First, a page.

4-2 A Laser System for Plasma Diagnostics Has Achieved the World’s Best Performance

-Development of YAG Laser for the Edge Thomson Scattering System in ITER-

Fig.4-6 Comparison of plasma diagnostic lasers in the world

Fig.4-6 Comparison of plasma diagnostic lasers in the world

Letters in parenthesis indicate the name of fusion experimental device.

 

Fig.4-7 Laser system in operation

Fig.4-7 Laser system in operation

Bright light of pumping flash lamps in laser amplifiers is visible. Because this YAG laser emits an infrared ray, the laser beam is invisible.

We are responsible for developing “the edge Thomson scattering system” that will measure electron temperature and electron density profiles in an edge region of ITER plasmas. The Thomson scattering is a plasma diagnostic technique that evaluates electron temperature and density by analyzing laser light scattered by electrons when a high-powered pulsed laser light is injected into the plasma. Photons scattered from electrons are extremely weak, and for each hundred billion photons injected into the plasma, only about one is scattered. To attain measurements with sufficient accuracy, the pulsed laser light must be fired with high energy. Moreover, to determine the plasma state, which varies from moment to moment, the laser pulses must be fired at a high repetition rate. In this diagnostic system, the Nd: YAG laser needs to provide 500 W of average output power; that is, 5 J/pulse of energy needs to be fired at 100 Hz. Meeting these design requirements for both high output energy and high repetition rate had been the biggest issues.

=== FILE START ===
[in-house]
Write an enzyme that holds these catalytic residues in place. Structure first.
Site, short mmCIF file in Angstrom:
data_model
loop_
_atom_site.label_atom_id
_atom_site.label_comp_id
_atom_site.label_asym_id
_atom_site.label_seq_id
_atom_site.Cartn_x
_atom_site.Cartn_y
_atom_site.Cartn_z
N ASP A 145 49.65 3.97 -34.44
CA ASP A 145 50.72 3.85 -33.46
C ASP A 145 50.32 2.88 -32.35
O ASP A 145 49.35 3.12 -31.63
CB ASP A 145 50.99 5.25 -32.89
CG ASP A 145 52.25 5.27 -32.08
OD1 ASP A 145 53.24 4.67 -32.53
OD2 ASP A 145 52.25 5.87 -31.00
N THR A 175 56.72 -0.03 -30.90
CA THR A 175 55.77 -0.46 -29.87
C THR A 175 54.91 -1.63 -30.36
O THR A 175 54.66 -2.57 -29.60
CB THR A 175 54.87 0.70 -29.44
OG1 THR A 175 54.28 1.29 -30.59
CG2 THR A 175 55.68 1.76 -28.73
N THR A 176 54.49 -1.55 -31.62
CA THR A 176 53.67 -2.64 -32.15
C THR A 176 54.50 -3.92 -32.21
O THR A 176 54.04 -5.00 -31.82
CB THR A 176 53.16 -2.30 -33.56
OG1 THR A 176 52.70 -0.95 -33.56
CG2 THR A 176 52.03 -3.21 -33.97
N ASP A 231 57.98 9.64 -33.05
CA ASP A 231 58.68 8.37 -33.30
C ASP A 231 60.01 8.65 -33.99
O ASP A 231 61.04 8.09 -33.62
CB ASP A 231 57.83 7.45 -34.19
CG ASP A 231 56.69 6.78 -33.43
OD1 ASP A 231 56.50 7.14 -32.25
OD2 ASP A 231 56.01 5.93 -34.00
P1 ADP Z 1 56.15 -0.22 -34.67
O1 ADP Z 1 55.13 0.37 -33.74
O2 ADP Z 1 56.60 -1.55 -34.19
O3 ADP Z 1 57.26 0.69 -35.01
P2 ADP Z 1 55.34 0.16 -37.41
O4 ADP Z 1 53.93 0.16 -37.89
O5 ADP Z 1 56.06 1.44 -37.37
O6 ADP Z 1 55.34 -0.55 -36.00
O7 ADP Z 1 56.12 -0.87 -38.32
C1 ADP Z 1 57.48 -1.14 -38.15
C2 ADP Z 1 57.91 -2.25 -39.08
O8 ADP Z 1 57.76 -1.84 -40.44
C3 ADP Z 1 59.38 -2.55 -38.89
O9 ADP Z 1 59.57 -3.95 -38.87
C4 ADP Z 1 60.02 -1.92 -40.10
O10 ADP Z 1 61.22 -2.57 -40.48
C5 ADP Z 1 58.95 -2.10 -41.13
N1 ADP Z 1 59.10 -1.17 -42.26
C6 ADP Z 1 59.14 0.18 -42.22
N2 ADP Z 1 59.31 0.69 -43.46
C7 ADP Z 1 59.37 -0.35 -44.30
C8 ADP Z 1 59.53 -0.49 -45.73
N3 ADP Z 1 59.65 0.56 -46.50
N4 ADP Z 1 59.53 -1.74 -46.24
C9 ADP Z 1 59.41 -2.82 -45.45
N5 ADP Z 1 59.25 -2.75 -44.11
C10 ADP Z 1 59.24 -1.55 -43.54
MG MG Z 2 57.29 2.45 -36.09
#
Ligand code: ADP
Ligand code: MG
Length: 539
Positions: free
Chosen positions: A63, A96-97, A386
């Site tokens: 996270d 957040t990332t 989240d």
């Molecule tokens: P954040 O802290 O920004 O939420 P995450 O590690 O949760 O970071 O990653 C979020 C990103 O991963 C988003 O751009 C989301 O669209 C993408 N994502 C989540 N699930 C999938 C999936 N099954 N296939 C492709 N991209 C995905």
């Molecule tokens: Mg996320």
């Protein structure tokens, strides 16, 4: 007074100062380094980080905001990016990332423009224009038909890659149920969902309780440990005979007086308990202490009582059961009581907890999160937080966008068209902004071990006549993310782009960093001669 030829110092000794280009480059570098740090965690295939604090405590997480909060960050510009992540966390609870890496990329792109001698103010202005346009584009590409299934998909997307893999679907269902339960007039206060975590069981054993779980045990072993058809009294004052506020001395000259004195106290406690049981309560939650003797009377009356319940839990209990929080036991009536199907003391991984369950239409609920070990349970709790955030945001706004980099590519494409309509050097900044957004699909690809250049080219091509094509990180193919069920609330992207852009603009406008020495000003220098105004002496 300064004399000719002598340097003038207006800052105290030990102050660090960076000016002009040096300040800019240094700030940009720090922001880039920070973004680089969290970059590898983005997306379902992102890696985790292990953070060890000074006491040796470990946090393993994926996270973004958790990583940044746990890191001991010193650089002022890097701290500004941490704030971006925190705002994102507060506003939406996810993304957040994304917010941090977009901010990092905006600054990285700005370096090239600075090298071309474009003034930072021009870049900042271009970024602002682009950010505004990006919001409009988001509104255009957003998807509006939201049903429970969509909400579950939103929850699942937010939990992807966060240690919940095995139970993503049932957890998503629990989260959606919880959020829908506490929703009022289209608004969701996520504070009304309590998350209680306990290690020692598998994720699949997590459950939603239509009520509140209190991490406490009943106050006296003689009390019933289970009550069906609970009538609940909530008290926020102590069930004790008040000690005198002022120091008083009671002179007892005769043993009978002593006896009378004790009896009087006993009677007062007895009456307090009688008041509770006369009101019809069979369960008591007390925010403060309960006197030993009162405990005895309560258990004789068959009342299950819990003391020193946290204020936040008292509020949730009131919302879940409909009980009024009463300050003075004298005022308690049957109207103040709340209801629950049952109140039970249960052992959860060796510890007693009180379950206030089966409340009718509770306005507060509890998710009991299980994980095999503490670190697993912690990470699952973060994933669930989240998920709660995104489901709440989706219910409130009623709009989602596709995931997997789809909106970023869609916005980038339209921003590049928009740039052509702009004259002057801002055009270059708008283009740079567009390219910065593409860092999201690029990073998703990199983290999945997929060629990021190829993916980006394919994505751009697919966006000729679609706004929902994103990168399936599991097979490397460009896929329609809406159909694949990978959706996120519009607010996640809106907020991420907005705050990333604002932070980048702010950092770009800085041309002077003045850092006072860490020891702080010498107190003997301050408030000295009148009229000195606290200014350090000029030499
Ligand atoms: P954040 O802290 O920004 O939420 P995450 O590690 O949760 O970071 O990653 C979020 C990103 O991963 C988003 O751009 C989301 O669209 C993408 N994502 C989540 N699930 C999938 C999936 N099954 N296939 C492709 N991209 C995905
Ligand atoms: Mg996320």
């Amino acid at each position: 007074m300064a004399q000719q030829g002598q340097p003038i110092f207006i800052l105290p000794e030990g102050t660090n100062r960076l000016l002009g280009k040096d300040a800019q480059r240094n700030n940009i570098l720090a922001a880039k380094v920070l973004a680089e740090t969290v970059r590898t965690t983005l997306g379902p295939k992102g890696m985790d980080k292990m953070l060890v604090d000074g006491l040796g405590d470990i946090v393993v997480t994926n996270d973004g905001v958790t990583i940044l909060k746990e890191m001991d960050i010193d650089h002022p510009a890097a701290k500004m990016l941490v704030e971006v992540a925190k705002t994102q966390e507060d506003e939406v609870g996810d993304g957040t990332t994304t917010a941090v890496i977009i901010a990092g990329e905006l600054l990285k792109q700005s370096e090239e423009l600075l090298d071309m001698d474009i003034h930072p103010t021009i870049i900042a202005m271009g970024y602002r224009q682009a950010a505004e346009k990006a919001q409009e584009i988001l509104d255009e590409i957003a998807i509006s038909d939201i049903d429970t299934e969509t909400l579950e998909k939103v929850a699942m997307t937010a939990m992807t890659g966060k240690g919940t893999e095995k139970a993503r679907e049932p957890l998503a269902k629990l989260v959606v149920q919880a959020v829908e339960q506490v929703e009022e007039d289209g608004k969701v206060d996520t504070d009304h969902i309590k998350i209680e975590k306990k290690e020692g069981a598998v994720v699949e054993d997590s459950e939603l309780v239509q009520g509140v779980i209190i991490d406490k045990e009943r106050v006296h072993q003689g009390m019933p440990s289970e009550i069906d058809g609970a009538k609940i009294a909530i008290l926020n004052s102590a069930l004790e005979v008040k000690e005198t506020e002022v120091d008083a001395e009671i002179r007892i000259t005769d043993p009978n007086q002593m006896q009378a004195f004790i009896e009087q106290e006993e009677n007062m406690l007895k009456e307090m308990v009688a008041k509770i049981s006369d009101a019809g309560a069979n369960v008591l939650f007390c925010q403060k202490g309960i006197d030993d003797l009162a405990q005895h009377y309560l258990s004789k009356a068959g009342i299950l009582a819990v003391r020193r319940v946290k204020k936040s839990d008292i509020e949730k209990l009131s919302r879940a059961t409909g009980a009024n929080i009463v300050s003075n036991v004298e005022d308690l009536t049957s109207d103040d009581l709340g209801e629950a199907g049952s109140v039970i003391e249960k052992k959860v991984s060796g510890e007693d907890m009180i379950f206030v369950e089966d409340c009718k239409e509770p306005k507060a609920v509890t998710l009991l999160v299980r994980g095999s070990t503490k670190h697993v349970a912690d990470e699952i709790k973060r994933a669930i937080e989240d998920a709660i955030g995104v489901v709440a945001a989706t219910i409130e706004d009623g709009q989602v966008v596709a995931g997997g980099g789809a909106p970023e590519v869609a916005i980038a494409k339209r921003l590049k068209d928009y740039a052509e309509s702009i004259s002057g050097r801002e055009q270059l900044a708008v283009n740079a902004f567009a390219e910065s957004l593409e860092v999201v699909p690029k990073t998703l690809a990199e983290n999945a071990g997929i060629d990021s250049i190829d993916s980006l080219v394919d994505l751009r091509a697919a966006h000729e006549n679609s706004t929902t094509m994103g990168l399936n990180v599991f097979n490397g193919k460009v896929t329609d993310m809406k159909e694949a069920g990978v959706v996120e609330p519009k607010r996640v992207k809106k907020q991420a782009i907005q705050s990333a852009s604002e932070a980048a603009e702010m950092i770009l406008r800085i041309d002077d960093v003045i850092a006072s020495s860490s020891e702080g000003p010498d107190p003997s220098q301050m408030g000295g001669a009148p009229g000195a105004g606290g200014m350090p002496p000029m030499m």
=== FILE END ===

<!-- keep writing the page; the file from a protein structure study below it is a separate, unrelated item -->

We have developed a laser system that provides 373 W (7.46 J, 50 Hz) of average output power; so far, this system has been shown the best performance than any other system in the world (Fig.4-6). However, to develop the laser system required by ITER, the repetition rate must be doubled. Moreover, the heat created in the laser amplifier must be controlled, typically by controlling the input energy to the laser amplifier. However, decreasing the input power also decreases the gain in amplification; this has posed a serious problem in that energy in an amplifier cannot be efficiently extracted as laser light. However, by using samarium-doped special glass tubes in the laser amplifier, the noise of the light, which was interfering with the improvement in amplification gain, is selectively absorbed. Therefore, even at half-input energy, the amplifier gain has been approximately doubled, compared to conventional performance. As a result, it becomes possible to efficiently extract energy from the amplifier, leading to an average output power of 766 W (7.66 J, 100 Hz). This corresponds to twice the conventional average output power (Fig.4-6, Fig.4-7). Thus, we have succeeded in developing a laser system that exceeds the target performance in ITER, and electron temperatures and densities can be measured with high accuracy.

A part of our research was accomplished by the support of the Institute of Laser Engineering, Osaka University.


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